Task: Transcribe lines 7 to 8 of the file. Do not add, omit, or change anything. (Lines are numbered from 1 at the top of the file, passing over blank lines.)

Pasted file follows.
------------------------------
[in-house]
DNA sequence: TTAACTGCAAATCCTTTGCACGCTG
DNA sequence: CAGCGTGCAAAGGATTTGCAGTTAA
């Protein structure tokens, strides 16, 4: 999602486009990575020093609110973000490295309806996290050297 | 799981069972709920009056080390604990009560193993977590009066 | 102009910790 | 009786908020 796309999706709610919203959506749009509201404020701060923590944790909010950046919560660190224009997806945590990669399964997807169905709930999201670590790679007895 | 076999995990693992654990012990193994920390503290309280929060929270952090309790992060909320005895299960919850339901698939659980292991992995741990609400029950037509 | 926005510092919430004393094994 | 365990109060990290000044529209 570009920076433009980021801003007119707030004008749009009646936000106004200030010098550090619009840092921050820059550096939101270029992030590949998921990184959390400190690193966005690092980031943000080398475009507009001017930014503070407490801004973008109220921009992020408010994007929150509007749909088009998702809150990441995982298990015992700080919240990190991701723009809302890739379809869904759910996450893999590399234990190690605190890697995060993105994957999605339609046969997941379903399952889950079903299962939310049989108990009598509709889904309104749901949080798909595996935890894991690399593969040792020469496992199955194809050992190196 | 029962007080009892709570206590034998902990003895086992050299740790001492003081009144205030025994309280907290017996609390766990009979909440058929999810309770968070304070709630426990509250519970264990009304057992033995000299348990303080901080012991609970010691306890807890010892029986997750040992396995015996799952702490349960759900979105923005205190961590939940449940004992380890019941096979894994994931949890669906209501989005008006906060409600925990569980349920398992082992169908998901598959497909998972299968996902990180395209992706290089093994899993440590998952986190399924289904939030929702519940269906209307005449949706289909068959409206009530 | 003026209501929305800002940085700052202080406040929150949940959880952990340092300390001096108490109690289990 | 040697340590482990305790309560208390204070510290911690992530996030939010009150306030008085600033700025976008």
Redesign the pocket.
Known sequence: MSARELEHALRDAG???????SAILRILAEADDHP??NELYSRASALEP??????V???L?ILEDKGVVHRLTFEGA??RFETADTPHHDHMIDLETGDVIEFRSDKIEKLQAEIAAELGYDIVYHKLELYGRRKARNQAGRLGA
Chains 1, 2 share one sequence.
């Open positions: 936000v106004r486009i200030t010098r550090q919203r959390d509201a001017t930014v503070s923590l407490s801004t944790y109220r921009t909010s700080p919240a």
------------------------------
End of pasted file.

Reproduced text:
Chains 1, 2 share one sequence.
């Open positions: 936000v106004r486009i200030t010098r550090q919203r959390d509201a001017t930014v503070s923590l407490s801004t944790y109220r921009t909010s700080p919240a």